Is this the dreaded future of the internet that the critics warned us about? The sinking into the mire of collective mediocrity? How has fandom come to this?

Learn A Language In Six Months?

Since this is generating some internet buzz I thought I’d post it: How to learn any language in six months, Chris Lonsdale at TEDxLingnanUniversity. I’m always suspicious about “fast-track” learning. Most are gimmicks and as I know from experience learning a new language when in adulthood is as much about a person’s intuitive abilities as anything else. Some can, some can’t, and most just fall somewhere in the middle. I’m very much in the “can’t” camp.

An Irish Equivalent For Geek Or Otaku?

Gaeilge (Atari)

Gaeilge (Atari)

I was recently asked if there is an Irish word that is the equivalent of the Anglo-American term Geek or its Japanese near-equivalent Otaku (おたく/オタクおたく/オタク). I couldn’t think of anything unless one went for something like a crude Gaelicisation of the originals in the form of Geic (?) or Odacú (?). Then I remembered the Irish and Scottish literary genre of aislingí (“dreams, visions”),  stories and narrative poems that began in the Medieval period with mythological or ecclesiastical tales and which later developed a more political edge in the turbulent 17th and 18th centuries. Though principally focused on interactions with or expressions of the Otherworldly it often bore a commentary on current events. In this context the Irish word aislingeach, which means “dreamer, day-dreamer; visionary”, seemed a suitable equivalent for geek. A bit clunky though, given the subject matter.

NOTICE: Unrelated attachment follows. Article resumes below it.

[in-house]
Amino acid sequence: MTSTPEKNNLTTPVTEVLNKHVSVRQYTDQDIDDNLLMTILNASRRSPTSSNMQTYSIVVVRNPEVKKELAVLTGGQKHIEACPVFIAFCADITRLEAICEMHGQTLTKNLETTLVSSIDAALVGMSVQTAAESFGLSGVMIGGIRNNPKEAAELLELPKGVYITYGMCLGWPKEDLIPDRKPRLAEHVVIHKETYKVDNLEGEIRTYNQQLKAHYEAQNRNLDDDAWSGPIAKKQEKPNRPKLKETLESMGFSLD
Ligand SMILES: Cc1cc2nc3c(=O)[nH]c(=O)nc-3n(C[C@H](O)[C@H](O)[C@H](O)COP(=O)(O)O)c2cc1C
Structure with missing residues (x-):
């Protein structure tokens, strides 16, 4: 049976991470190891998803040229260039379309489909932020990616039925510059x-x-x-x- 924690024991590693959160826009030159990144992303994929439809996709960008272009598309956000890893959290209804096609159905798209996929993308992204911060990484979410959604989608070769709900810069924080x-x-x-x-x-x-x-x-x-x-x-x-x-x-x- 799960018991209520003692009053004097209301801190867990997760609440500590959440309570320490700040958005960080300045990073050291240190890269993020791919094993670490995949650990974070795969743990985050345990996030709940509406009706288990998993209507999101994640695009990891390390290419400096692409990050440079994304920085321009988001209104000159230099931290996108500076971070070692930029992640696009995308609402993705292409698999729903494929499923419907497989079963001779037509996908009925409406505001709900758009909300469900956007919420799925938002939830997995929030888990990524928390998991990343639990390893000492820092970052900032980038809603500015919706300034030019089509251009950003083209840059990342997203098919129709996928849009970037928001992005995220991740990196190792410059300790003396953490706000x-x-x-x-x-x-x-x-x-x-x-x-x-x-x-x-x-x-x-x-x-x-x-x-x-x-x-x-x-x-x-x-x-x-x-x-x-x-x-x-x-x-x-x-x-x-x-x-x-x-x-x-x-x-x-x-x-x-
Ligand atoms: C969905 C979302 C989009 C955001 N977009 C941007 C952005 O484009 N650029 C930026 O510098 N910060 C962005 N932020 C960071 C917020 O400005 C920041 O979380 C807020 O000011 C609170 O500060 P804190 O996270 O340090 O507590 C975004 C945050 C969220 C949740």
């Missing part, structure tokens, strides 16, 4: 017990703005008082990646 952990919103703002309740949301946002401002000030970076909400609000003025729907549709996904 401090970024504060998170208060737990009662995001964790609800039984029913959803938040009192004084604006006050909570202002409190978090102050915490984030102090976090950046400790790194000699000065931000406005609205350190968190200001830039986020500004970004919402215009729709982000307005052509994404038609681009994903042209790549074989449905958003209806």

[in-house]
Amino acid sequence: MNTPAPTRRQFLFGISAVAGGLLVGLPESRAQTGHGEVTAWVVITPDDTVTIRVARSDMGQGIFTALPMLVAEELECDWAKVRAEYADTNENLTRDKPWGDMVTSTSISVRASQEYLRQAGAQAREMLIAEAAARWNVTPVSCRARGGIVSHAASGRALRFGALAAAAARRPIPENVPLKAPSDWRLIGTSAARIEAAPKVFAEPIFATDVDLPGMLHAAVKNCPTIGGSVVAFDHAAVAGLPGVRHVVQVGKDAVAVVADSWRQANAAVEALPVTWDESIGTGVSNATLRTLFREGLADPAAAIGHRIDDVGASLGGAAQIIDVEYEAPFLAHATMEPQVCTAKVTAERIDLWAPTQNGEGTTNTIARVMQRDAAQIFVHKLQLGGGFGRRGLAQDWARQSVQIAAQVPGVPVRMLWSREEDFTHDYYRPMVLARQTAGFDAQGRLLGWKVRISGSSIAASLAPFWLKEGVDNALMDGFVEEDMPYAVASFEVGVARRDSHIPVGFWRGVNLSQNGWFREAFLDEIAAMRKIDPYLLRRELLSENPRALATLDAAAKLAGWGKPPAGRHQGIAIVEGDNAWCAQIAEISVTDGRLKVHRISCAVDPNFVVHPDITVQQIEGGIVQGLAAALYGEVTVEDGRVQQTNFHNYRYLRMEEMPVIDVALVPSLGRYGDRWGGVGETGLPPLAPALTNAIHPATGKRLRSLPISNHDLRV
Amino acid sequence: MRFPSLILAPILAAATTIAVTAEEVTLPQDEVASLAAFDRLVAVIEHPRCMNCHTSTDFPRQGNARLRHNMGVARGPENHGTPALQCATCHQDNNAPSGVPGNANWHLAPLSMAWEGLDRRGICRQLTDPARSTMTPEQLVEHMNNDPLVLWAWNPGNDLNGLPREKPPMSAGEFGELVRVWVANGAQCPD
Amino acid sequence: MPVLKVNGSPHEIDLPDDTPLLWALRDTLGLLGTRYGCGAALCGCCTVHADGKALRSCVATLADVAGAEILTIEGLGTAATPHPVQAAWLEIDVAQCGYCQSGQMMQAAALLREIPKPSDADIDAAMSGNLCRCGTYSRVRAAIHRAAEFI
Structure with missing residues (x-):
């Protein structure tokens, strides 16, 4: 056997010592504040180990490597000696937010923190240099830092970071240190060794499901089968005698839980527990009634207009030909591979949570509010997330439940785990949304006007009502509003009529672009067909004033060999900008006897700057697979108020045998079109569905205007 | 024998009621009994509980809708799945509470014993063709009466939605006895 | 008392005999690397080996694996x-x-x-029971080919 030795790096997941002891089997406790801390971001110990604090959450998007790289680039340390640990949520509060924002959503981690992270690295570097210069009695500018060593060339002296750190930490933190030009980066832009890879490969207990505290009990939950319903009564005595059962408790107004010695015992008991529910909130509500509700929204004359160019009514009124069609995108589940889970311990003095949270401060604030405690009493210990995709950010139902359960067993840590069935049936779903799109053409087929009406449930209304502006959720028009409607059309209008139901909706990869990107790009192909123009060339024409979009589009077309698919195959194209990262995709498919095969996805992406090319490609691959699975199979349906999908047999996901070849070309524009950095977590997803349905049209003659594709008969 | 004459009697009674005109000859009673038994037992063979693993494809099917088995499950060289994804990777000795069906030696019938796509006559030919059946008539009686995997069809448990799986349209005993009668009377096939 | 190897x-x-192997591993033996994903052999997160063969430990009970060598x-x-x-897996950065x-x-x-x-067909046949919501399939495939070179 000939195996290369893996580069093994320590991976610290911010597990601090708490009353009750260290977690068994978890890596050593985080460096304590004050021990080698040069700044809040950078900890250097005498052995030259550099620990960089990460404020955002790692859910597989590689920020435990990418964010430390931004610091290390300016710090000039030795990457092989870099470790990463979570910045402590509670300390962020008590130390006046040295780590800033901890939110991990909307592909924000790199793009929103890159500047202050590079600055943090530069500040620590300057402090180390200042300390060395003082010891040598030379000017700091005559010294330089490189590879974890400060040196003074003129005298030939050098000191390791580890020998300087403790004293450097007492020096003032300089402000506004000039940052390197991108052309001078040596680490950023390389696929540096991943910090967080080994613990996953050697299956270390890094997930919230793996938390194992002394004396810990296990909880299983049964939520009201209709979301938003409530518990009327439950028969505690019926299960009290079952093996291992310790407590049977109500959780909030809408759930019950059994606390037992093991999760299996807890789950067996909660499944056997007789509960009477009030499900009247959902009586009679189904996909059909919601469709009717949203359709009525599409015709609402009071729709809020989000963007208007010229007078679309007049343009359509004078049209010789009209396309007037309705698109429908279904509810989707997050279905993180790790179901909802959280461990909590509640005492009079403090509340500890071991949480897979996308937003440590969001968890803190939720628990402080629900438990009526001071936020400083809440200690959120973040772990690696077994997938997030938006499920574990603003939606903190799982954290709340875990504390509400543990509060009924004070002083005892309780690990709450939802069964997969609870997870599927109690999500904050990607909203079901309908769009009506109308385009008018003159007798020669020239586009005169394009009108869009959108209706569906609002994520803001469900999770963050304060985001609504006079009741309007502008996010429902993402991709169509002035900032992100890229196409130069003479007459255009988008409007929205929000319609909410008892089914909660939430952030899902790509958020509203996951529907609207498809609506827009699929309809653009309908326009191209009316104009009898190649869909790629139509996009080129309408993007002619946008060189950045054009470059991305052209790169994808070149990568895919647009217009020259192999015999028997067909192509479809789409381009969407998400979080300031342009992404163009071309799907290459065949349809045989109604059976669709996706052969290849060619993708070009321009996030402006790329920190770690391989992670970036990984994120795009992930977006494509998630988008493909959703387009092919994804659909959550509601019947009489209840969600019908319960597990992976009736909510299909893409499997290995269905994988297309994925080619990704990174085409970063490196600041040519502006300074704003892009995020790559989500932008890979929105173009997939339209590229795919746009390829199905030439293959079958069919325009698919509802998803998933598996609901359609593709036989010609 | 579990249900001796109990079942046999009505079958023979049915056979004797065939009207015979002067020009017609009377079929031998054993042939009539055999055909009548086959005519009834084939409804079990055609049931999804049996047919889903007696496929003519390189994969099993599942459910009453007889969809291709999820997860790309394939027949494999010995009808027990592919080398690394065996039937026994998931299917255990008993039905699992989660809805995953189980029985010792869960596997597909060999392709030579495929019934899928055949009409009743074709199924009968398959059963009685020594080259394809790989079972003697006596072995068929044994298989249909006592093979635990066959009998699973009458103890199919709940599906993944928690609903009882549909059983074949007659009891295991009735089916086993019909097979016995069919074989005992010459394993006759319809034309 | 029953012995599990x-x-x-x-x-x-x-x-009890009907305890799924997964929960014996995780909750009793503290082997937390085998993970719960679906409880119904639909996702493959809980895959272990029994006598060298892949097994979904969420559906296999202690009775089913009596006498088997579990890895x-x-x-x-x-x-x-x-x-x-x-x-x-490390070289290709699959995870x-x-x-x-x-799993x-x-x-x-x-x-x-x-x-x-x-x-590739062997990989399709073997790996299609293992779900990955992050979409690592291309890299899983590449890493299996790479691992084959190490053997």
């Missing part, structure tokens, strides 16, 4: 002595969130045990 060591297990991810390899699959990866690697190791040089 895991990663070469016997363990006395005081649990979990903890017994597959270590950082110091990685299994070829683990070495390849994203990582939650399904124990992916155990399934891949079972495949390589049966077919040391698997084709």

Could others come up with a better or more organic term?

[Update]: Thanks to Méabh in Nua Eabhrac who claims that Aislingeach is too long and established as a word. It needs to be something (and I quote) “…with vocal punch” and a neologism to boot. I agree.

[Update]: Pól offers up on Facebook the word teicnóg for geek or geek culture. You could gloss that as “young-tech” which I kinda like. A lot! Though should it be teicóg?

[Update]: Well it seems that “officially” the Irish language does have an equivalent for the word Geek. It is Geocach which is “geoc-” (geek) with the “-ach” ending to make it a thing (in this case a person). To my ears it sounds rather unappealing and judging by the reaction it seems I’m not the only one.